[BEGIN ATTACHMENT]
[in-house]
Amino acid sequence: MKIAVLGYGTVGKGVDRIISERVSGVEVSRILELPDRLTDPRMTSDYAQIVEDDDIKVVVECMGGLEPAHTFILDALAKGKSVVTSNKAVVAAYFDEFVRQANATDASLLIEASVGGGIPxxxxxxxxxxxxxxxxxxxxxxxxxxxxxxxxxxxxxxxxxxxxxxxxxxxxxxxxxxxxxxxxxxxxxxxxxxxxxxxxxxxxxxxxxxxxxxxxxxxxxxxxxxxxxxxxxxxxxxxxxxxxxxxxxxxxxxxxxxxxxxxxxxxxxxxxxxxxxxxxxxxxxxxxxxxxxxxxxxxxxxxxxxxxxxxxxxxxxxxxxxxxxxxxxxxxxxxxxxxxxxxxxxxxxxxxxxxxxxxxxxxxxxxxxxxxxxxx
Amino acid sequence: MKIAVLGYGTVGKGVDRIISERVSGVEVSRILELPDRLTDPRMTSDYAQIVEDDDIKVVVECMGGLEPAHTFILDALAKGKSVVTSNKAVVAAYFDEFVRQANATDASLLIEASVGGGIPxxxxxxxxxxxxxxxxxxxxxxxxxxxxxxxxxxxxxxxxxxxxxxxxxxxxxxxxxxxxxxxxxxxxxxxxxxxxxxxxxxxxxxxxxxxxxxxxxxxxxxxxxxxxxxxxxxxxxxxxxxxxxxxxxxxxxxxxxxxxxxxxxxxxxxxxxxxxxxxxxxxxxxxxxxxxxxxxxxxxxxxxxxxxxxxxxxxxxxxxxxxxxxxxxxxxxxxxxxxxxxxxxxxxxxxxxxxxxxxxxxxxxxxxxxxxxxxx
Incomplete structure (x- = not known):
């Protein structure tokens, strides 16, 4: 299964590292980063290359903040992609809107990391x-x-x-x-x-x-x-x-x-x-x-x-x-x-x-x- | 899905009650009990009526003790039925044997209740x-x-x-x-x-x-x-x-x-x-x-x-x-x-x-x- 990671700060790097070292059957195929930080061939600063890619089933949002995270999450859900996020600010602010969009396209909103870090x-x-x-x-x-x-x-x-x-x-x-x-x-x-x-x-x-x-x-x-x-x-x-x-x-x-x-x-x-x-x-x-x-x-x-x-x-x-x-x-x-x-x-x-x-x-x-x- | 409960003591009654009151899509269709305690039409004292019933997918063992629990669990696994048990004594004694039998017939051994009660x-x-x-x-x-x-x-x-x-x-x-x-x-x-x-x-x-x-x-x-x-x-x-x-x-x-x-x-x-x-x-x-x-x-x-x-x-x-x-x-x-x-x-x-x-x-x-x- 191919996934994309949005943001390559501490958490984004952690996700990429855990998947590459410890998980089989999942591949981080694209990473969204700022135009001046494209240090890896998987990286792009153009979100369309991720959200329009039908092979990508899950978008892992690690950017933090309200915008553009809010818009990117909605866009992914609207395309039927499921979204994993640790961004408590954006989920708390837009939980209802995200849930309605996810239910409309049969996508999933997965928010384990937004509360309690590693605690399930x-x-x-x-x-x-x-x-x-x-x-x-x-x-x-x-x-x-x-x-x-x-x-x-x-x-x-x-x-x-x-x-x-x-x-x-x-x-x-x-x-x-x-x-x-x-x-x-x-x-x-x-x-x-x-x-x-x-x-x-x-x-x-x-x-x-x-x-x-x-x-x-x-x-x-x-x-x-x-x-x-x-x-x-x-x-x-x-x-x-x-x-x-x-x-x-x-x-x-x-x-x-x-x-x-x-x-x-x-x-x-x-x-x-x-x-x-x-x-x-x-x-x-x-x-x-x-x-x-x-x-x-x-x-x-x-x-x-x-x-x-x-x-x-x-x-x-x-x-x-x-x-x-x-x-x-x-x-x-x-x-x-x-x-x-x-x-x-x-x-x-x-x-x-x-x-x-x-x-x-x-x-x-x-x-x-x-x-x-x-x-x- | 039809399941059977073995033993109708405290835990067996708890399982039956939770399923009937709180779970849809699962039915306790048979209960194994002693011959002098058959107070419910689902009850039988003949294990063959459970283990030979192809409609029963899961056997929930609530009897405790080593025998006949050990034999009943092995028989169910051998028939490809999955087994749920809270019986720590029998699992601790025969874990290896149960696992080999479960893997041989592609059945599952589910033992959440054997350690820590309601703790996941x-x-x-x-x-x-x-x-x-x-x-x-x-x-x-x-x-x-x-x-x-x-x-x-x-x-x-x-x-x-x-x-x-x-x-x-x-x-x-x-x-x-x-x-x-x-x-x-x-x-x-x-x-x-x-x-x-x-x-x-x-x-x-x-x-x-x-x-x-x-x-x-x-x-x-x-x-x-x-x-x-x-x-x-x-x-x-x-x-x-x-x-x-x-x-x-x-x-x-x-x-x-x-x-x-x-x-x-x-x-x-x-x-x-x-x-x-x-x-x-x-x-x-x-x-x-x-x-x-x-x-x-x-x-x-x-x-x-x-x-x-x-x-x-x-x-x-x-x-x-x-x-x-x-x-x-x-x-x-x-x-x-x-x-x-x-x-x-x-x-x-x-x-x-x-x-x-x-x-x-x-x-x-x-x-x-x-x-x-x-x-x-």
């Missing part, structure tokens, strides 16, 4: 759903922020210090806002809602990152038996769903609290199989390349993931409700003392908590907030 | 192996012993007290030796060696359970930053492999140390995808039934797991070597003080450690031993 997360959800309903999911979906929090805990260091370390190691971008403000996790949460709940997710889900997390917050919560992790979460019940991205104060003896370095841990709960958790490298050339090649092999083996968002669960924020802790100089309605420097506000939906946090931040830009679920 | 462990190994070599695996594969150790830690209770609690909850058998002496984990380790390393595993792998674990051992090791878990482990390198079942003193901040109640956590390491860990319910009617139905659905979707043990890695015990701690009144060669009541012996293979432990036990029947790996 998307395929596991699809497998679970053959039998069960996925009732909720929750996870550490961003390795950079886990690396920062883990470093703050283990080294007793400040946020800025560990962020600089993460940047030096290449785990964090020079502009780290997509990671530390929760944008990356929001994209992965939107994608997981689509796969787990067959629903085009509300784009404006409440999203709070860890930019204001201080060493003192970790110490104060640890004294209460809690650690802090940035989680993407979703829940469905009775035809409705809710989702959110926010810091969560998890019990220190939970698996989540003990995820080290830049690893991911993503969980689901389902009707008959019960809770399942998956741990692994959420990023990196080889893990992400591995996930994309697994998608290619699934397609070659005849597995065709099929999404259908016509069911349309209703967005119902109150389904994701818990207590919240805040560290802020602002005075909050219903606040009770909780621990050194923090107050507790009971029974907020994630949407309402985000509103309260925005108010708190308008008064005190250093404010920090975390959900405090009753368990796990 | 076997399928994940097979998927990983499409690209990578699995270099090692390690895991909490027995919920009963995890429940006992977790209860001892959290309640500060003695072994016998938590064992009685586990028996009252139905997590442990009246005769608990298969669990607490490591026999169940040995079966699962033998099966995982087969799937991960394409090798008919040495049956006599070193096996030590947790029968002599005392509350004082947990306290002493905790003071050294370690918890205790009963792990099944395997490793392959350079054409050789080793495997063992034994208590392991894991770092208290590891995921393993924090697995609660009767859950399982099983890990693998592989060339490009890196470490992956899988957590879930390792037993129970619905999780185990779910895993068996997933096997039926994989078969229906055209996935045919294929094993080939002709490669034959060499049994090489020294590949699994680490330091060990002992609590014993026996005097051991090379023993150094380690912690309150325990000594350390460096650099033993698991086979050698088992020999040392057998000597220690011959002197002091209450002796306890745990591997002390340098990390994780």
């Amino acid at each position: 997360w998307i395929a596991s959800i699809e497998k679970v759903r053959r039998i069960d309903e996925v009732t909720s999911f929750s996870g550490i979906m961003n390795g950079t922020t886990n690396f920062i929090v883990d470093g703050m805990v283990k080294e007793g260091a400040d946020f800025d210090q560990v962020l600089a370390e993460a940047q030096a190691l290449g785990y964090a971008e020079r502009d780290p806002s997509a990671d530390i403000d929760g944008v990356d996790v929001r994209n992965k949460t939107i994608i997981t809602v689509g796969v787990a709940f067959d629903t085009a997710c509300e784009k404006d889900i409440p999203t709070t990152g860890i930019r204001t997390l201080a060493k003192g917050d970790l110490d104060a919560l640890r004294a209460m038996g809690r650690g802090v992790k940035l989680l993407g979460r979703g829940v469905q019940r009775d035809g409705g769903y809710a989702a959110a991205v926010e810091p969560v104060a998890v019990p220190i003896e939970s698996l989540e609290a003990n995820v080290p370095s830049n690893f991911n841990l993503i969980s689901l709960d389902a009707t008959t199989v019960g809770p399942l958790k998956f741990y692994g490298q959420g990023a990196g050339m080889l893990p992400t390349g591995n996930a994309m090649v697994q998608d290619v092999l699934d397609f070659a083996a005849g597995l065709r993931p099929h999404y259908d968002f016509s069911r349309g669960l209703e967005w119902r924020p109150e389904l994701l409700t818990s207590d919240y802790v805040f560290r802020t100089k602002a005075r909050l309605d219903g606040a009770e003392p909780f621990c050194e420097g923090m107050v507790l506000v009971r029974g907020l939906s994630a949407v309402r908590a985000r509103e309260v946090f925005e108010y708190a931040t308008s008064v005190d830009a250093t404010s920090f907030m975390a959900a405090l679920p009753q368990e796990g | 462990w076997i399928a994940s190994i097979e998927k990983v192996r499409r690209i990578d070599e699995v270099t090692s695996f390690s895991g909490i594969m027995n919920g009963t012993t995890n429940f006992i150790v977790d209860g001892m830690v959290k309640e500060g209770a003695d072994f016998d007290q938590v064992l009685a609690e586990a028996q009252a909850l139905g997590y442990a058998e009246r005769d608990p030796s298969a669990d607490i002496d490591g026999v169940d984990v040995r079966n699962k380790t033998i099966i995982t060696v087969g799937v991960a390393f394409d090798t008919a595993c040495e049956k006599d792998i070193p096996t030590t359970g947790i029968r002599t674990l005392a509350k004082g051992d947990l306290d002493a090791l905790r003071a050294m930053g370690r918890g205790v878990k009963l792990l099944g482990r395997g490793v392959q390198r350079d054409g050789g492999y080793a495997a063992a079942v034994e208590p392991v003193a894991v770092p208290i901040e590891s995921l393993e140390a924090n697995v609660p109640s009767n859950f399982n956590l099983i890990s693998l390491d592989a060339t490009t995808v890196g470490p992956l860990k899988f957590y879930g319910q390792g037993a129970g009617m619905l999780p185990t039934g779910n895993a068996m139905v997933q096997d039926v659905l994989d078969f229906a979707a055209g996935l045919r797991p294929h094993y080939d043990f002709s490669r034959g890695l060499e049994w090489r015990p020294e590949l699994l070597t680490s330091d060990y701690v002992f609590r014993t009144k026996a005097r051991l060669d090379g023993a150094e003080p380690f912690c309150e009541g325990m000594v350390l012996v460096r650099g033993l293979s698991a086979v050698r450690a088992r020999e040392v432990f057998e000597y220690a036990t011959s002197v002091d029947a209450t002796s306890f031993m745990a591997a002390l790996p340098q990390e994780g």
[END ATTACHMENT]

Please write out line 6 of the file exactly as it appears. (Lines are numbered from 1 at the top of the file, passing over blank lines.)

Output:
């Missing part, structure tokens, strides 16, 4: 759903922020210090806002809602990152038996769903609290199989390349993931409700003392908590907030 | 192996012993007290030796060696359970930053492999140390995808039934797991070597003080450690031993 997360959800309903999911979906929090805990260091370390190691971008403000996790949460709940997710889900997390917050919560992790979460019940991205104060003896370095841990709960958790490298050339090649092999083996968002669960924020802790100089309605420097506000939906946090931040830009679920 | 462990190994070599695996594969150790830690209770609690909850058998002496984990380790390393595993792998674990051992090791878990482990390198079942003193901040109640956590390491860990319910009617139905659905979707043990890695015990701690009144060669009541012996293979432990036990029947790996 998307395929596991699809497998679970053959039998069960996925009732909720929750996870550490961003390795950079886990690396920062883990470093703050283990080294007793400040946020800025560990962020600089993460940047030096290449785990964090020079502009780290997509990671530390929760944008990356929001994209992965939107994608997981689509796969787990067959629903085009509300784009404006409440999203709070860890930019204001201080060493003192970790110490104060640890004294209460809690650690802090940035989680993407979703829940469905009775035809409705809710989702959110926010810091969560998890019990220190939970698996989540003990995820080290830049690893991911993503969980689901389902009707008959019960809770399942998956741990692994959420990023990196080889893990992400591995996930994309697994998608290619699934397609070659005849597995065709099929999404259908016509069911349309209703967005119902109150389904994701818990207590919240805040560290802020602002005075909050219903606040009770909780621990050194923090107050507790009971029974907020994630949407309402985000509103309260925005108010708190308008008064005190250093404010920090975390959900405090009753368990796990 | 076997399928994940097979998927990983499409690209990578699995270099090692390690895991909490027995919920009963995890429940006992977790209860001892959290309640500060003695072994016998938590064992009685586990028996009252139905997590442990009246005769608990298969669990607490490591026999169940040995079966699962033998099966995982087969799937991960394409090798008919040495049956006599070193096996030590947790029968002599005392509350004082947990306290002493905790003071050294370690918890205790009963792990099944395997490793392959350079054409050789080793495997063992034994208590392991894991770092208290590891995921393993924090697995609660009767859950399982099983890990693998592989060339490009890196470490992956899988957590879930390792037993129970619905999780185990779910895993068996997933096997039926994989078969229906055209996935045919294929094993080939002709490669034959060499049994090489020294590949699994680490330091060990002992609590014993026996005097051991090379023993150094380690912690309150325990000594350390460096650099033993698991086979050698088992020999040392057998000597220690011959002197002091209450002796306890745990591997002390340098990390994780």